Save the Castle--Now!
Five years from now, the castle on New Hampshire Avenue NW, the most fully intact Victorian mansion now open to the public as a museum, could be yet another urban facade job, a run of the mill office building with a quirky bit facing the street.
Or the Brewmaster's Castle could be saved, kept open for all to see as a glorious 19th century home smack in the heart of the Dupont Circle neighborhood. Gary Heurich, whose grandfather Christian Heurich built the castle in 1894, led me on a tour of the house the other day--part of a last-ditch campaign to raise $250,000 in back mortgage payments and save the house from sale. The deadline is Feb. 15--Wednesday.
There's a spectacular but very depressing book called Capital Losses, by James Goode, that chronicles the stunning architecture of the great 18th and 19th century buildings that Washington once boasted, but which were lost because not enough people cared to save them.
The Heurich castle tells the story of the outsized role that breweries and brewers played in the great American cities of the 19th and 20th centuries. It takes you back to a Washington that doesn't come across in the marble federal buildings on and near the Mall.
The time to save the castle is right now; in fact, if you don't have a hot Valentine's date tonight, or even if you do, you might want to stop by a benefit at the castle--I guarantee you will be astonished by the interiors of this house, which are unchanged from when old man Heurich lived here.
Three years ago, when the castle was on the verge of being sold and converted into a private club, the Heurich family and the National Trust for Historic Preservation jumped in to create a foundation that in turn borrowed money and bought the place for $5.5 million. They have run the house as a public museum since then; it's also rented out as a spectacular party place and wedding locale.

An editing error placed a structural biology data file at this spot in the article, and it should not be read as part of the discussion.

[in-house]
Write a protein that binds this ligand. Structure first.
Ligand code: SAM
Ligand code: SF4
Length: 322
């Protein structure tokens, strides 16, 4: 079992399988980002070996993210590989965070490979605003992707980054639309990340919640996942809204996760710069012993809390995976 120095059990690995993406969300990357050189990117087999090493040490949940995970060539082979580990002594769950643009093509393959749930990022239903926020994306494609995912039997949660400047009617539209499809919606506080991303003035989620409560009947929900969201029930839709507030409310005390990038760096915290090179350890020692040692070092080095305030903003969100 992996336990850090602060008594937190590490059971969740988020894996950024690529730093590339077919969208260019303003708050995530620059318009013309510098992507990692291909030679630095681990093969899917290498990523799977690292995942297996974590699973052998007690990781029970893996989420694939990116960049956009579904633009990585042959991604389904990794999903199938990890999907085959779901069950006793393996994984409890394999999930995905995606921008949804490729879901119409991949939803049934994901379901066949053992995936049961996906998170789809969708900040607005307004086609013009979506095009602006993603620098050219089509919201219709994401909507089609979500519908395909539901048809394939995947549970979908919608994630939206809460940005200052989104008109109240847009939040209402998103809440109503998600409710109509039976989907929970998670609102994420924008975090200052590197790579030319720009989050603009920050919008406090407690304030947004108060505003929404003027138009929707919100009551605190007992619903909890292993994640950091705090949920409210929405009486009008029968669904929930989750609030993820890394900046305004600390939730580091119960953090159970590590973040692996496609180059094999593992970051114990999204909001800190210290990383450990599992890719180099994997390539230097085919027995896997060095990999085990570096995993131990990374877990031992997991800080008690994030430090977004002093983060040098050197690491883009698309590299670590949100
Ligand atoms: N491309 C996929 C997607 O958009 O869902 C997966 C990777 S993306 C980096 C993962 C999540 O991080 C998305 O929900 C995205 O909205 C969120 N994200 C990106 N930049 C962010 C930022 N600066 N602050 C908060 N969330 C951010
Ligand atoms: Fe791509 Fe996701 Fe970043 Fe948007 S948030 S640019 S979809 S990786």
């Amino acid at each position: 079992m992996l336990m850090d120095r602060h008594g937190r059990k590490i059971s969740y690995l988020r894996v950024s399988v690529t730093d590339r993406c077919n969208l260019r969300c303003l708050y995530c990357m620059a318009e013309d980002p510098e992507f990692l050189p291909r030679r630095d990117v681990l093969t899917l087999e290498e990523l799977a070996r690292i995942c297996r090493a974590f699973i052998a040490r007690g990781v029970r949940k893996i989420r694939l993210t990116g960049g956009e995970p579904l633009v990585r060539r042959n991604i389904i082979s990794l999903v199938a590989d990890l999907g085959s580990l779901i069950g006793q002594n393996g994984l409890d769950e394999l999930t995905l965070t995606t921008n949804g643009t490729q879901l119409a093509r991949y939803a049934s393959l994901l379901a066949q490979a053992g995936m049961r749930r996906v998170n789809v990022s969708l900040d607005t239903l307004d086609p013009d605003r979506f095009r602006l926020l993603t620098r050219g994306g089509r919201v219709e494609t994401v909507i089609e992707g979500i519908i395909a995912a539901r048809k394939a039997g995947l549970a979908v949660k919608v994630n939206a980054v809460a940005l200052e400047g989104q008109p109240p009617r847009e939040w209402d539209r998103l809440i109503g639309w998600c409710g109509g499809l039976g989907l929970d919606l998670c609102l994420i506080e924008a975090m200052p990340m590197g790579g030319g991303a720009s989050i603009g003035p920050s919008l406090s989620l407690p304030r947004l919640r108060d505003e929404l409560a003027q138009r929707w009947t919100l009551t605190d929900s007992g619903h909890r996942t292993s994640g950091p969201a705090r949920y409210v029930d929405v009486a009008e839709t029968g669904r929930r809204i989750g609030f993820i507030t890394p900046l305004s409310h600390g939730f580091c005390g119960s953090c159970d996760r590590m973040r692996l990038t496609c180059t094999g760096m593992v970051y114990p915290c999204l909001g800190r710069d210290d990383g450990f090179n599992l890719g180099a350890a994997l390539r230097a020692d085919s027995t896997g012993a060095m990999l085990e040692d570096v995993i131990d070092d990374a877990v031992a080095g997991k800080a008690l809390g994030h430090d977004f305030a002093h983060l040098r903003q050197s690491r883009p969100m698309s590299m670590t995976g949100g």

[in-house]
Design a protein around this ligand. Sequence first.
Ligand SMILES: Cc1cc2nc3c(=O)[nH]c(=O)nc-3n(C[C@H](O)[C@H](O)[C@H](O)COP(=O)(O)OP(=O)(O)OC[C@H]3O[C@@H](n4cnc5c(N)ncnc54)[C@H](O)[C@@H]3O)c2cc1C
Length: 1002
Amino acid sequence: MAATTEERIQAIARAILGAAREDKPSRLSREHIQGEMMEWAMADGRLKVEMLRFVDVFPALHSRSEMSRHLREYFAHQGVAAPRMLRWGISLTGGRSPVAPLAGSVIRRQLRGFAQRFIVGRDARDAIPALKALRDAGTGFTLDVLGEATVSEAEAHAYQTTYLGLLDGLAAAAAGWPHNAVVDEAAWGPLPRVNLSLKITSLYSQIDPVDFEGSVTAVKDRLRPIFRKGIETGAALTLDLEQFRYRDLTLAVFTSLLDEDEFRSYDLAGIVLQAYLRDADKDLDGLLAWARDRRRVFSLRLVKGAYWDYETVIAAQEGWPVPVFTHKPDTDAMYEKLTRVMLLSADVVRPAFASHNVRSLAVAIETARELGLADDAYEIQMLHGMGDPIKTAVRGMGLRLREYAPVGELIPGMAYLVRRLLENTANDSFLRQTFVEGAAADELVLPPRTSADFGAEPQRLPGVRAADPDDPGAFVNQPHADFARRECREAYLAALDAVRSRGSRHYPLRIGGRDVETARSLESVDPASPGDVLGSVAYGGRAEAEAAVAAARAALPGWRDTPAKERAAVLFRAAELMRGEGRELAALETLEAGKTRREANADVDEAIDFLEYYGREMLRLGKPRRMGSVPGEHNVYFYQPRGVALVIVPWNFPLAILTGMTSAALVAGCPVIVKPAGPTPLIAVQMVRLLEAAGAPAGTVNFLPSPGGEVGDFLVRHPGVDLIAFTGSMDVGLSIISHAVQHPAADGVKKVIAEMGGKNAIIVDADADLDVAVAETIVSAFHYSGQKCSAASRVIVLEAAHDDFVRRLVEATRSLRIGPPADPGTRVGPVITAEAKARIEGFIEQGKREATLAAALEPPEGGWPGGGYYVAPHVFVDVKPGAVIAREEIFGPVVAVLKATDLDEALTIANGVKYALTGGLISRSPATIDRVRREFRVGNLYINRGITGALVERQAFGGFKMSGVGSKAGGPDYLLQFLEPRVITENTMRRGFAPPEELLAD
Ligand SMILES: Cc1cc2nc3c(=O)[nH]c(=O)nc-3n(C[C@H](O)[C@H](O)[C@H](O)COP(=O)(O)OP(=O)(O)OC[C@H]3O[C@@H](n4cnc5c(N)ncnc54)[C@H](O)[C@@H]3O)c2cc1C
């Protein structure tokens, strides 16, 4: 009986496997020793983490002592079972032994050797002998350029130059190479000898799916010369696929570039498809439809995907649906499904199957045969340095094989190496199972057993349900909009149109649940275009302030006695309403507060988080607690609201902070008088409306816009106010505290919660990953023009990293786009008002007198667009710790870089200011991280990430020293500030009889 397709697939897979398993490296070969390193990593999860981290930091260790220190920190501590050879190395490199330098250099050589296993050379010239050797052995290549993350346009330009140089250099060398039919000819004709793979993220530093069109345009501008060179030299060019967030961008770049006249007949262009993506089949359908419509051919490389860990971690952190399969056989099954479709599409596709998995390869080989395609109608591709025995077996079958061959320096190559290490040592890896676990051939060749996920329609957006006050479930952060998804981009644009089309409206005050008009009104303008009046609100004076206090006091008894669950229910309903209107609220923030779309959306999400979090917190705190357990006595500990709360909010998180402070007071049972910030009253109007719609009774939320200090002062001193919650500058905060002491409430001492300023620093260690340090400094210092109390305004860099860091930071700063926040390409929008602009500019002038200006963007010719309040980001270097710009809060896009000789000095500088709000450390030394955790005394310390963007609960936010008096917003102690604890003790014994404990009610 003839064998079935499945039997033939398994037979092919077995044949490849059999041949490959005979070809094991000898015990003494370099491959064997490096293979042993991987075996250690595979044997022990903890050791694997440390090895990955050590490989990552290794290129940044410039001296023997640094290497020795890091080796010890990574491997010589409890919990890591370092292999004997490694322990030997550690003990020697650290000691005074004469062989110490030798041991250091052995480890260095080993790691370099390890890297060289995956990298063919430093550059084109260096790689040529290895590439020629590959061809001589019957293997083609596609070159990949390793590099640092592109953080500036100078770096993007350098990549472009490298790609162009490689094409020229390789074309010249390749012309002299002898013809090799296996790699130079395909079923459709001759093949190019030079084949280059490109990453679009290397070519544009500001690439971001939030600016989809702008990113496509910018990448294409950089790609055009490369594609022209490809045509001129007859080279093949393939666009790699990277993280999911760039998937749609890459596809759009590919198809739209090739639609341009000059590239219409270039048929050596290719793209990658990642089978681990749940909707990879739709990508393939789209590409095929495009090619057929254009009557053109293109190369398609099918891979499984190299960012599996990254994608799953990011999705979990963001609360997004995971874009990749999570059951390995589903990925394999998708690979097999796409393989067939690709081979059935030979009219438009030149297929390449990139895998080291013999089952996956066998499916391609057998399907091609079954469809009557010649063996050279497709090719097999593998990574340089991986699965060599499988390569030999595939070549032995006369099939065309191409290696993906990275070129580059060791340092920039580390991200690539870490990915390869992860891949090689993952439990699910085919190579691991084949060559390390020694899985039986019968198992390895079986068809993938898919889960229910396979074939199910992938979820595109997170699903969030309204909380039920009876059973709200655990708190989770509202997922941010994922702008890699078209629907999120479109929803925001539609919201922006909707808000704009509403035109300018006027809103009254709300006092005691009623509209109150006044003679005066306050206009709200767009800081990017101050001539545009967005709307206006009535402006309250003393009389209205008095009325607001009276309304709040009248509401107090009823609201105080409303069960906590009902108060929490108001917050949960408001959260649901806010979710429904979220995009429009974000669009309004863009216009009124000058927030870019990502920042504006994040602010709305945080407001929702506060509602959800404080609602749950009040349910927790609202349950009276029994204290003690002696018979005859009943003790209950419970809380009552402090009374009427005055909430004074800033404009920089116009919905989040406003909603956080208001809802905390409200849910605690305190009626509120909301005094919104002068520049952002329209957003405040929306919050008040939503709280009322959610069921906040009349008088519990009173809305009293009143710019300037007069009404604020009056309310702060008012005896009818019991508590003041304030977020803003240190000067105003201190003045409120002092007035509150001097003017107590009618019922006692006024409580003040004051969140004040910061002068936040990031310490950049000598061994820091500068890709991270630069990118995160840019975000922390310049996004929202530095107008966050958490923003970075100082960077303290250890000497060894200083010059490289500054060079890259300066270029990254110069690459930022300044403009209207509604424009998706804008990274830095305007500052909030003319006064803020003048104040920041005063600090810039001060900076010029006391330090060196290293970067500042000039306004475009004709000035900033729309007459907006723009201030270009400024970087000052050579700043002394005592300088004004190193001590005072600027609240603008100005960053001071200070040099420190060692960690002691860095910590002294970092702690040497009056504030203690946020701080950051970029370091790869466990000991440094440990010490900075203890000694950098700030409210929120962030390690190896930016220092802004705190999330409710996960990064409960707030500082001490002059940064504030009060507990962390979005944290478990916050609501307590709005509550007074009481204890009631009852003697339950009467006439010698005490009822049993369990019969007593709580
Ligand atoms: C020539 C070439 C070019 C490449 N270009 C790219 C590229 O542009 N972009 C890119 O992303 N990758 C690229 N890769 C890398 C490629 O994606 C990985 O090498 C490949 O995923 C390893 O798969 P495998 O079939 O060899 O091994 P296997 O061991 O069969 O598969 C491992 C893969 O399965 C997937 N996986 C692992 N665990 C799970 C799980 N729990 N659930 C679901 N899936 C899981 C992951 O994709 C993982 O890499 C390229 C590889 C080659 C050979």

The place was breaking even--til interest rates jumped. Stuck with a balloon mortgage, the foundation faced suddenly much higher note payments (they leaped from $20,000 a month to $33,000) and fell way behind. Now the lender wants its money.
To become self-sustaining, the foundation will not only have to raise $250,000 by this week, but also $1.75 million by the end of this year. "What we need is a white knight," says Heurich, the youngest of the old man's 11 grandchildren.
If you go see the house, you will know how important it is. "This is the last gasp of Victorian exuberance," says Mary Anne Hoffman, a prominent Washington tour guide who has made saving the castle her mission in life. "It's over the top but it's how the wealthy merchant class lived."
This is a house with huge oak mantels, 15 fireplaces (none were ever used because Heurich feared the fires that had destroyed so many great mansions of that era), hand-stenciled wallpaper, an ingenious music balcony that looks out over three rooms, an authentic German beerkeller in the basement, a gilded Steinway in the drawing room, triple-hung collapsible louvers, a spectacular glassed-in conservatory, a desk that was designed for President Ulysses Grant, an onyx and marble staircase and some ingenious inventions: A central vacuum cleaning system in which you could attach your cleaner's tube to a suction valve built into the wall and the dirt would be sucked right down into the basement. And a voice-powered intercom system in the walls that let you call for service from the second floor all the way to the staff room in the basement.
Gary Heurich, who brought his family name back to the Washington beer business with Foggy Bottom Ale, is trying to maintain his family's long tradition of giving. It was his father and aunts who donated the old Heurich brewery site along the Potomac for what is now the Kennedy Center. A city that from 1796 to 1956 was home to 20 different breweries now has none within its borders. But the Heurich House represents a chance to save a glimpse of the high life at the turn of the 20th century, and Gary Heurich has devoted the past three years of his life to keeping Washington's connection to that time.
"It's a race against time," Heurich says. And it's now right down to the wire.
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